Outsourcing PCI is not a Silver Bullet

September 7, 2010


Outsourcing PCI is not a silver bullet

I’m always particularly interested in blogs and articles that seek to help and advise clients on how to achieve PCI compliance.  More specifically, I’m interested in articles that give advice on how to make achieving PCI compliance “easy”.  After reading several articles I’ve noticed two common suggestions: 1) minimize the scope of the assessment by segmenting the cardholder environment from the corporate network; and 2) outsource as many of the services as possible.  I’m noticing more and more of my clients outsource security tasks to 3rd party service providers (SP) in the hopes of being able to successfully avoid having to be responsible for certain PCI requirements.  Services such as firewall/router management, IDS, hosting facilities, software development, code review, & software testing are just a few services which clients have outsourced.  Some clients think they are being extra slick by outsourcing these services to service providers who have achieved PCI compliance.

In theory, outsourcing does allow an organization to bypass having to themselves adhere to certain PCI requirements but it does not necessarily completely absolve the organization from responsibility.  Just because an organization outsources services to a SP the organization is still on the hook for ensuring that the SP is maintaining and managing the devices or service according to the requirements outlined in the PCI-DSS. This may require the organization to dictate to the SP how “things should be done”.  This will also undoubtedly lead to the SP having to be included and visited as part of the organization’s PCI compliance assessment. As a QSA, I’ve seen including a SP’s environments in my client’s PCI assessment go horribly wrong.

“Well we were smart.  We made sure to go with a PCI compliant service provider.” This is better but the organization is still not out of the woods.  One of the most common mistakes I see my clients make is ASSUME that the services they purchased/using was 1) part of the SP’s Report on Compliance (ROC) scope & 2) that ALL of the PCI requirements that pertain to that particular service, are being performed.  As a QSA when I am performing a PCI assessment on my client and they’ve outsourced let’s say their firewall management to a “PCI compliant” SP, I need to do two things which coincidently are the same two things my client hopefully did before signing that P.O.  The first thing I, and any halfway decent QSA, needs to do is validate that the SP’s ROC scope includes that particular service my client is using.  I need to confirm that the firewall management service/solution/practices were covered in the SP’s PCI-DSS assessment.  After confirming the first part, I then need to perform a little QSA due diligence, or C-Y-A, and ensure that the ROC addressed the appropriate PCI requirements.  Again, I’ve seen how a client’s total faith in their SP’s ROC has led to false promises and broken dreams.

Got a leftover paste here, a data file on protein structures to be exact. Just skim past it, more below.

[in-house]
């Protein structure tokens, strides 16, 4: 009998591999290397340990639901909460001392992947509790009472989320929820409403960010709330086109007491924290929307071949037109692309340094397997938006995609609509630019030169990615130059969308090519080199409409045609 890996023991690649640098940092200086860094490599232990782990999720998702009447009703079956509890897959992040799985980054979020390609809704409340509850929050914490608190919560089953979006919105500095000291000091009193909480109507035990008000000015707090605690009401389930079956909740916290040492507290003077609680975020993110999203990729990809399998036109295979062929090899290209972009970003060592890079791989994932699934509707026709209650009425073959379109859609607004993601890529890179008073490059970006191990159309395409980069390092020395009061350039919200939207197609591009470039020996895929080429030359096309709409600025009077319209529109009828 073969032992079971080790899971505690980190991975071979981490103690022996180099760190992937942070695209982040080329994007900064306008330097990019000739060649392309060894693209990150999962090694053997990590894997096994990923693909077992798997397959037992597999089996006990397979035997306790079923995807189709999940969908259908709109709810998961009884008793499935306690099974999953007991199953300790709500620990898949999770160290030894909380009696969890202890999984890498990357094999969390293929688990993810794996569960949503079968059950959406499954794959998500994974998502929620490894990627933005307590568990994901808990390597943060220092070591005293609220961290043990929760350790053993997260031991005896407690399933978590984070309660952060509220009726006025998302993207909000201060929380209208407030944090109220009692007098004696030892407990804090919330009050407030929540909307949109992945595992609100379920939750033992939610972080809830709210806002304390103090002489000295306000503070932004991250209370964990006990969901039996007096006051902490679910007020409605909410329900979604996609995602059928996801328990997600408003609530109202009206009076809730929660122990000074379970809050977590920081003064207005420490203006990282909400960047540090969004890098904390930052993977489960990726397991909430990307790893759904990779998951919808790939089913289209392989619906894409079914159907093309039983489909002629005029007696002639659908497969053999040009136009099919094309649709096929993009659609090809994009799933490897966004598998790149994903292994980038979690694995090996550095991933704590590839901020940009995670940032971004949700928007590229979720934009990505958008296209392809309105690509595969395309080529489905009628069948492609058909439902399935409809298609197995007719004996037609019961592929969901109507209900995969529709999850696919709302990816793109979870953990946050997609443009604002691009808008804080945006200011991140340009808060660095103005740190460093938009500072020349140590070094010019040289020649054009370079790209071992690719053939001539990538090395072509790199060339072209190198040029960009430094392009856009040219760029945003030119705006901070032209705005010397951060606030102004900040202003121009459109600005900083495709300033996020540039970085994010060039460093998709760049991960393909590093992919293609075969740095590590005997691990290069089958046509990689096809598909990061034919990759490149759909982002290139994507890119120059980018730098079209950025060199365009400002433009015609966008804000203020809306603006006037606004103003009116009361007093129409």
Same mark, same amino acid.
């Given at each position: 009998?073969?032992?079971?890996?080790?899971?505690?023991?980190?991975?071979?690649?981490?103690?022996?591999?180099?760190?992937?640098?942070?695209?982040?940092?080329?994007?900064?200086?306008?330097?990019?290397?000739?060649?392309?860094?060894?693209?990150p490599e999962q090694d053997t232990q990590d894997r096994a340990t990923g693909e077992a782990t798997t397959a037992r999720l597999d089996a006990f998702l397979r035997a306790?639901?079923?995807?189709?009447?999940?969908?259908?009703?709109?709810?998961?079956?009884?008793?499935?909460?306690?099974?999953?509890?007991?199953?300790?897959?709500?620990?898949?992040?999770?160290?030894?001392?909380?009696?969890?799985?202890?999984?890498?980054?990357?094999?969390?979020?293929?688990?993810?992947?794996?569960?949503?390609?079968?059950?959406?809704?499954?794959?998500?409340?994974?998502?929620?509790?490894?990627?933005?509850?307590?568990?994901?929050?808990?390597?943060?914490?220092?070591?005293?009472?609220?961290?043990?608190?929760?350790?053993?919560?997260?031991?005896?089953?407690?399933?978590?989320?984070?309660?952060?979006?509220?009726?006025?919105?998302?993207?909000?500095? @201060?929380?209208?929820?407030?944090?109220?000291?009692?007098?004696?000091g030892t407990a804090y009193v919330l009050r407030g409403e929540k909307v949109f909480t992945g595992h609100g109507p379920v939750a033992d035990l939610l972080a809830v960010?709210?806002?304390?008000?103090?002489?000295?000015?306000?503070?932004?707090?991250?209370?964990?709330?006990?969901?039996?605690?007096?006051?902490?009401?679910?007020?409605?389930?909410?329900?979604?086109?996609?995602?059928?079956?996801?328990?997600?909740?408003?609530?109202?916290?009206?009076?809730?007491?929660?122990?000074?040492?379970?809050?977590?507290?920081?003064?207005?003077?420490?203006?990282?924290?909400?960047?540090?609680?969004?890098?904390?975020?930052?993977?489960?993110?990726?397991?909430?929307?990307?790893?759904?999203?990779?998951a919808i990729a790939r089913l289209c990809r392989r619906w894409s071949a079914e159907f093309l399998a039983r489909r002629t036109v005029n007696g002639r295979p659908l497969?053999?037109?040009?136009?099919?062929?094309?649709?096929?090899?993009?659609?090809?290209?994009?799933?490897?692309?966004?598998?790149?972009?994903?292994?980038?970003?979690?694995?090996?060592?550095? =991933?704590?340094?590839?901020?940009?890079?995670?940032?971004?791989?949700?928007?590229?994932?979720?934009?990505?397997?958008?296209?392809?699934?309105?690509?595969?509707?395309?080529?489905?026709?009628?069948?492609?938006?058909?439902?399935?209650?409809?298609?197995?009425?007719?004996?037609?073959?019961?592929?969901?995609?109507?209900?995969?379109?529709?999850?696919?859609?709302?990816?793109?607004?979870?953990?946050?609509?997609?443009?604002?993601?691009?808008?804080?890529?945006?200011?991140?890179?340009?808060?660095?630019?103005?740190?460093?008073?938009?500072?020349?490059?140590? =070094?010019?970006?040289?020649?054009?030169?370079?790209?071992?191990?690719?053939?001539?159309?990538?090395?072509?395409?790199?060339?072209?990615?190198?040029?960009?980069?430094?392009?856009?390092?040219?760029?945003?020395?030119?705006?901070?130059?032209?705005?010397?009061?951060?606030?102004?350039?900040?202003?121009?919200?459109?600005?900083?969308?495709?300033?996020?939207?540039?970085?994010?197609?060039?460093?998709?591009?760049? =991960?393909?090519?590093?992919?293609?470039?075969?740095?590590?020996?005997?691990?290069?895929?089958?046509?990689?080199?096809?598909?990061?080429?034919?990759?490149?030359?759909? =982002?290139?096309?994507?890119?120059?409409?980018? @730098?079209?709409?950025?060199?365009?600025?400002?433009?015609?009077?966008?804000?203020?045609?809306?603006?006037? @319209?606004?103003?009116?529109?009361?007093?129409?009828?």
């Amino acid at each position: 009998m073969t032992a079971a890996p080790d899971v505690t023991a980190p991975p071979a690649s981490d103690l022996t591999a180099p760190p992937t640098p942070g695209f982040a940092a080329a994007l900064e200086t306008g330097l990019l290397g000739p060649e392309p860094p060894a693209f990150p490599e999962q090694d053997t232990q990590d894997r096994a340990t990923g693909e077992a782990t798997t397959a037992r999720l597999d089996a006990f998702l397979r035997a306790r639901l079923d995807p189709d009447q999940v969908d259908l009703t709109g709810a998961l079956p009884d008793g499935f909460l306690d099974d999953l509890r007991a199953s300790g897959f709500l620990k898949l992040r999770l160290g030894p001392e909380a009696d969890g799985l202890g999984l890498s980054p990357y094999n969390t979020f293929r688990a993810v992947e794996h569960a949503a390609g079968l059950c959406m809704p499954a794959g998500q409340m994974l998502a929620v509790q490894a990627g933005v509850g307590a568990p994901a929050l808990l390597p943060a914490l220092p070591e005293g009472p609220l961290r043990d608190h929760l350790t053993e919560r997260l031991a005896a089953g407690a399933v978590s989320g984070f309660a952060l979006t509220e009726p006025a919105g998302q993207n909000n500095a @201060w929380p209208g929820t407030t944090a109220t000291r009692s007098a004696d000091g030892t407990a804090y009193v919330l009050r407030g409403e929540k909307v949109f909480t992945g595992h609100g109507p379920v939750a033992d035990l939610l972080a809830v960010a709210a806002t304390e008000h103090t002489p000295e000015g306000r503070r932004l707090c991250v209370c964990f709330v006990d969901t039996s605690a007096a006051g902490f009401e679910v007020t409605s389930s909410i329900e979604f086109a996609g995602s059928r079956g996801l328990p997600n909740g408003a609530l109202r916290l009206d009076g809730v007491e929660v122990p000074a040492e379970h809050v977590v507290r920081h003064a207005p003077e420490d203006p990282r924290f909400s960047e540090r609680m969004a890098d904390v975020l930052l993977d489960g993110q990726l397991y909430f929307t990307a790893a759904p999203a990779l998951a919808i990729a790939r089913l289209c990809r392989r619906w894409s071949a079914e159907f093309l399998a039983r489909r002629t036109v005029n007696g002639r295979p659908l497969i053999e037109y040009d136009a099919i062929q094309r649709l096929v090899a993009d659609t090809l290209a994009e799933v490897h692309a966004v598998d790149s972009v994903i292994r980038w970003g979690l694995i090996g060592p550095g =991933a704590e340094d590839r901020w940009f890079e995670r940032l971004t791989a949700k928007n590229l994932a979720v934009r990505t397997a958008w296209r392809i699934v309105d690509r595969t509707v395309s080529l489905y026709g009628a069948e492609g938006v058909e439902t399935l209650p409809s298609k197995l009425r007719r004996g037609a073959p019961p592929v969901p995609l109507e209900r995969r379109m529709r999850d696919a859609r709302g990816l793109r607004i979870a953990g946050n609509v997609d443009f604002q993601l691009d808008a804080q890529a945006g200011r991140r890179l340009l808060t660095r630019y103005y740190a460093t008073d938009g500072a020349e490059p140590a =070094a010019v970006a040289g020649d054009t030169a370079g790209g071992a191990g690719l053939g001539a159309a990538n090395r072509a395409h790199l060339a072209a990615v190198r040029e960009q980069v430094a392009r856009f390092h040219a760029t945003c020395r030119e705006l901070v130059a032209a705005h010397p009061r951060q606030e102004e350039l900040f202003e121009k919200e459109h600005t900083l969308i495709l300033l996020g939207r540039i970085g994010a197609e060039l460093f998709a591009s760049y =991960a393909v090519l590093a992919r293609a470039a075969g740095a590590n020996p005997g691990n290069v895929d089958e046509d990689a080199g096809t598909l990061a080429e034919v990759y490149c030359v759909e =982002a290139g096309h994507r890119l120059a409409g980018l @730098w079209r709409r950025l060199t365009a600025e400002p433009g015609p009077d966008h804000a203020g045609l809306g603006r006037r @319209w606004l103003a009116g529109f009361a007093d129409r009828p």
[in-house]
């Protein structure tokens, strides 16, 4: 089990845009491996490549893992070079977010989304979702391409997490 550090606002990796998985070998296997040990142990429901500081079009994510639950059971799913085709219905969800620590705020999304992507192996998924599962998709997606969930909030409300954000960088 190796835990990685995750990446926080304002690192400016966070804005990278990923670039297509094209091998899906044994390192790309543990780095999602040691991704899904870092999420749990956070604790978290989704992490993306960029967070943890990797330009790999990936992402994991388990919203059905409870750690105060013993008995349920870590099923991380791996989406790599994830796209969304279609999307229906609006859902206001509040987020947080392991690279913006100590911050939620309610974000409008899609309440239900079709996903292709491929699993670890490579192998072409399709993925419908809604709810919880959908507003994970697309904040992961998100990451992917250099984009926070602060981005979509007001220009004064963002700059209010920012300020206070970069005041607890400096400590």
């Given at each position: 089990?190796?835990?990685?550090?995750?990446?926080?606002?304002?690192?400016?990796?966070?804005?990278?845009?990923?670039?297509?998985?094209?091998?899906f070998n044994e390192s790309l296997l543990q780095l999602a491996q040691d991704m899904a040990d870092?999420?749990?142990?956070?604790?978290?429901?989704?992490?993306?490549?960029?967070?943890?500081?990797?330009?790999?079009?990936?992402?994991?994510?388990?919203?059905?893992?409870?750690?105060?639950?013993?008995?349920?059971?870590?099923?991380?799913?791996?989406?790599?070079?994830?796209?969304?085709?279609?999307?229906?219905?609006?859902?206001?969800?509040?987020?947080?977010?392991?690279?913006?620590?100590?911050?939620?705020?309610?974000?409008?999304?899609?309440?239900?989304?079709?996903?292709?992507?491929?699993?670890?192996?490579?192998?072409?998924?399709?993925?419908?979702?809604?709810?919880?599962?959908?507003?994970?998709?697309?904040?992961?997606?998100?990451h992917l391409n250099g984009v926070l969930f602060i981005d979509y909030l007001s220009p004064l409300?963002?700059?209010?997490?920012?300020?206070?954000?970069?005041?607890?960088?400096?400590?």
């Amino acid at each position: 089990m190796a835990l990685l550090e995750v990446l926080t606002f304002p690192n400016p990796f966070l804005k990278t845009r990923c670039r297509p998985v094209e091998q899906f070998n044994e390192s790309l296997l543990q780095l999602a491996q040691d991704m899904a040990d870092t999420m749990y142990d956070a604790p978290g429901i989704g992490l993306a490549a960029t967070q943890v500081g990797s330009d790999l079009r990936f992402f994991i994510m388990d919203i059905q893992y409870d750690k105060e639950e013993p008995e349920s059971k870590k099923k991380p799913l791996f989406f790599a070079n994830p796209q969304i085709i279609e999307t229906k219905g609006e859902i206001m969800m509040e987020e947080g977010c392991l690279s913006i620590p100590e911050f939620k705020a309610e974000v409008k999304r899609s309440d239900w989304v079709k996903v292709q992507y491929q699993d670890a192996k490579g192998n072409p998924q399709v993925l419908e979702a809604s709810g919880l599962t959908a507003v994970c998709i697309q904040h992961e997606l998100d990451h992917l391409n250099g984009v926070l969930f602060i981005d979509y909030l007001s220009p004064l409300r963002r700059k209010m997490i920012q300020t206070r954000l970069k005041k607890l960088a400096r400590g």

Outsourcing services is NOT a silver bullet in becoming PCI compliant. With it come different responsibilities and potential consequences if not done correctly.  Organizations need to establish a more robust vendor management process which includes a lot more than a written agreement declaring the service provider “responsible for securing cardholder data.”

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3 Responses to “Outsourcing PCI is not a Silver Bullet”

  1. LonerVamp said

    I think outsourcing is also an organization’s way of being able to sue/blame someone else when something goes wrong with security. Much like management not truly knowing what their employees really are doing or not doing, people like to put on the see-no-evil blinders when outsourcing something. If something goes wrong, wag the finger, break the contract, take to court…

    Outsourcing the things that fall into PCI scope is scary to me. It means the org does not do or want to do the security best practices that PCI drags along with it. All the rest of their assets and information that aren’t specifically PCI-related are still just as at risk. Best case, the rest of their IT footprint is small anyway, so outsourcing their payment systems may make perfect sense.

    Of course, segmenting away your PCI-scoped systems/data can imply roughly the same thing, but at least in doing so the internal staff gets practical experience that can be carried over to the rougher networks.

  2. Thanks for the thoughts around service provider compliance. As you mention the key is strong contractual requirements that specifically mention compliance to PCI-DSS. I would probably highlight applicable clauses in the contract such as web appsec secure coding, testing and application of secure configuration standards that apply to specific services and infrastructure operated by the service provider.

  3. […] regulations, but is now stated absolutely in page 16 and again under requirement 12.8.  A nice post available here goes into greater […]

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